I believe that the single most important action any investor can take is to spend some time carefully crafting a business plan for their investment portfolio and then actually adhering to their plan once developed.
At the end of 2011, my first year as an independent investor, I read my first article by Seeking Alpha Contributor David Van Knapp on Dividend Growth Investing. Of those early articles, the one that affected my thinking most simply suggested a portfolio be treated like a business and be supported by a formal business plan.
Each portfolio business plan needs to be self-written in order to reflect your personal goals, investment preferences and volatility tolerance. I took this task seriously, and what followed was the development of a business plan that would guide our actions moving forward. I believe that our plan helps take a good bit of emotion out of the business of buying, selling or even trimming positions. Our business plan helped to provide guidance since its formal inception in July 2012. Like all plans, it can always be improved. I revised mine in January of this year.
Since its inception, besides providing guidance, our plan has helped to provide increased safety and an overall sense of security. It assists in taking emotions out of the decision making process. I believe there is nothing more important any investor can do than spend time carefully crafting a business plan for their portfolio, and then actually adhere to the plan you developed.
After a careful review, I made considerable changes to my original plan. Changes in part were prompted by events affecting my portfolio over the past year and by the need to provide guidance for my family should I be unable to manage our portfolio in the future. Our revised plan is presented below:
Business Name: Wells Family Income Stream Portfolio
Goal: Generate a steadily increasing stream of income paid solely from the growing dividends generated by low-risk companies with a track record of providing safe and growing dividends. Target is to deliver a 4.7% plus yield during 2013 with a gain in overall portfolio capital.
Business Model Strategies:
Use the current Champion, Challengers and Contender (CCC) Lists as my principal shopping list when considering new equity purchases.
Alternative: Select stocks from Safe Dividend Stock document generated from my back testing of Dividend stocks from 2002 to 2011.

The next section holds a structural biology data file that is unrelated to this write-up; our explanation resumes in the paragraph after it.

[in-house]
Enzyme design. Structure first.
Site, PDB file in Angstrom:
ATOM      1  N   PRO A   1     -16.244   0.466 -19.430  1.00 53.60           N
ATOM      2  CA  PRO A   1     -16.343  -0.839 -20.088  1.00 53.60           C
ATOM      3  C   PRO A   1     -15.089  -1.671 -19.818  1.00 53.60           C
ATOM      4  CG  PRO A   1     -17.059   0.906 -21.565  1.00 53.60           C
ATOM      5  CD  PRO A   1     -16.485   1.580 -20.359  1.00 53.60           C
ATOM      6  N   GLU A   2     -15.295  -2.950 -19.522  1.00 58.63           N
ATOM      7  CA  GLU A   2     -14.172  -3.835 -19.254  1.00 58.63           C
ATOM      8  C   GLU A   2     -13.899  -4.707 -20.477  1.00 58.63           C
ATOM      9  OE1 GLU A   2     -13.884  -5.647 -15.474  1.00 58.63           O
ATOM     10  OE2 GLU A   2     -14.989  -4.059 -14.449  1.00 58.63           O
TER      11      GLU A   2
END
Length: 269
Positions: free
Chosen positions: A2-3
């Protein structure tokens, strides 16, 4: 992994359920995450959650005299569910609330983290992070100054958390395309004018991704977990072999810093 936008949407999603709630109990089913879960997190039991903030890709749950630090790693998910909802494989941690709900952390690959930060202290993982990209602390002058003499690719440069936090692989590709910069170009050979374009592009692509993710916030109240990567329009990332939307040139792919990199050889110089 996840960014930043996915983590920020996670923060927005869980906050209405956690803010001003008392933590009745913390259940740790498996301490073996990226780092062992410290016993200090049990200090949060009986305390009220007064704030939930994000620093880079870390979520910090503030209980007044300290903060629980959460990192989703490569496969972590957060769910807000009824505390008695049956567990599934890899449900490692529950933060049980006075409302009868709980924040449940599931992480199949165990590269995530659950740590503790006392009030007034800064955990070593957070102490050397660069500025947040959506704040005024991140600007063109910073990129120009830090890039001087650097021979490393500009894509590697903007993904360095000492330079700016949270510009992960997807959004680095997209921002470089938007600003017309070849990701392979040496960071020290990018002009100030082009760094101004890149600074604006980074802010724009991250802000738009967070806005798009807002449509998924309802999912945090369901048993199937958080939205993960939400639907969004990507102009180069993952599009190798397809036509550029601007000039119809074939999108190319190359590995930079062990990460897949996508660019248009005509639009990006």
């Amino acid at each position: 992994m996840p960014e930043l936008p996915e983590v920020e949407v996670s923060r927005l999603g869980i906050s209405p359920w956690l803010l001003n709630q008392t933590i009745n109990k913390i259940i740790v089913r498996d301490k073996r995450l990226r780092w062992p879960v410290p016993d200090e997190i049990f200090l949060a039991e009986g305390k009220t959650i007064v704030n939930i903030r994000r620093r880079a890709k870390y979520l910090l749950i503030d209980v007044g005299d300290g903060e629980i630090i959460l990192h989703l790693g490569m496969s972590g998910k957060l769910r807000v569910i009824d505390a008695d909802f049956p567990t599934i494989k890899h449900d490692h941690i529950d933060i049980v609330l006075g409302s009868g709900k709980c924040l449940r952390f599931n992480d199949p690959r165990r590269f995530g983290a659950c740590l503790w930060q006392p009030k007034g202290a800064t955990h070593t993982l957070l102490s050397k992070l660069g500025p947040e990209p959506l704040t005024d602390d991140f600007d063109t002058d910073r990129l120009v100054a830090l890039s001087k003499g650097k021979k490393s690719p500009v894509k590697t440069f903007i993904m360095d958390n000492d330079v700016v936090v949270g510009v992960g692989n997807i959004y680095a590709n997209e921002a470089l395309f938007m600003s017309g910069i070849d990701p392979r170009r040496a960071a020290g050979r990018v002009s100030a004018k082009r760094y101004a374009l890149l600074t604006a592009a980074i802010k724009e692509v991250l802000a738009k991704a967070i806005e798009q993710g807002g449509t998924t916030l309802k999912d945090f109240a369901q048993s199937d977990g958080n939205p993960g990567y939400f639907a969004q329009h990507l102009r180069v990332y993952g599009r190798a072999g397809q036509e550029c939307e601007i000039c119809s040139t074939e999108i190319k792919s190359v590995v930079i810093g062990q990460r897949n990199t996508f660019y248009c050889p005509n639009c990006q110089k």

Give priority to stocks that meet both standards.
Require the following from any stock selected:
- Price at least $5 per share. Minimum projected yield 3% at time of purchase.
- Positive annual total returns in four of past five years.
- Increased dividend payout in each of past five years.
- An understandable and sustainable business model with meaningful competitive advantages, also called a "moat."
- Good fundamental business metrics. Low debt. Low payout ratio, or one below average for that sector. Strong credit rating.
Buy only stocks with "Fair" or better valuations as determined by average PE for past five years. Seek an overall portfolio PE of 15 or below. Be cautious of buying a stock at a point where it is at its 52 week high.
Consider multiple sources of value assessment when seeking to determine value. Sources include, but are not limited to the following:
- Fast Graphs
- Select SA Contributors
Buy stocks with a current payout ratio of under 70% or one in line with its peers.
Buy stocks that meet the Total Dividend Return (TDR) rule a/k/a the "chowder rule," requiring a yield plus Five year Dividend Growth Rate (DGR) total of 12% or more. In the case of utilities, MLPs and REITs, the total is 8% or more.
To help insure capital preservation, est. five-year growth figures will be examined and compared for all stocks under consideration. As a minimum standard, only stocks with growth equal to inflation will be considered.
A watch list of stocks of Dividend Champions, Contenders and Challengers with a minimum yield of 2.7% that meet the Total Dividend Return (TDR) rule standard a/k/a chowder rule shall be maintained at all times and revised quarterly. The chowder rule score is located in Column BX of The CCC spreadsheet. This edited list of Dividend Champions, Contenders and Challengers - Dividend Growth Income Index will also serve as an Index for the purpose of gauging portfolio performance.
A full year by year performance back test for each stock will be conducted going back to 2002 or in the case of Challengers the earliest date possible. Results will be maintained and used when considering new holdings or adding to existing holdings.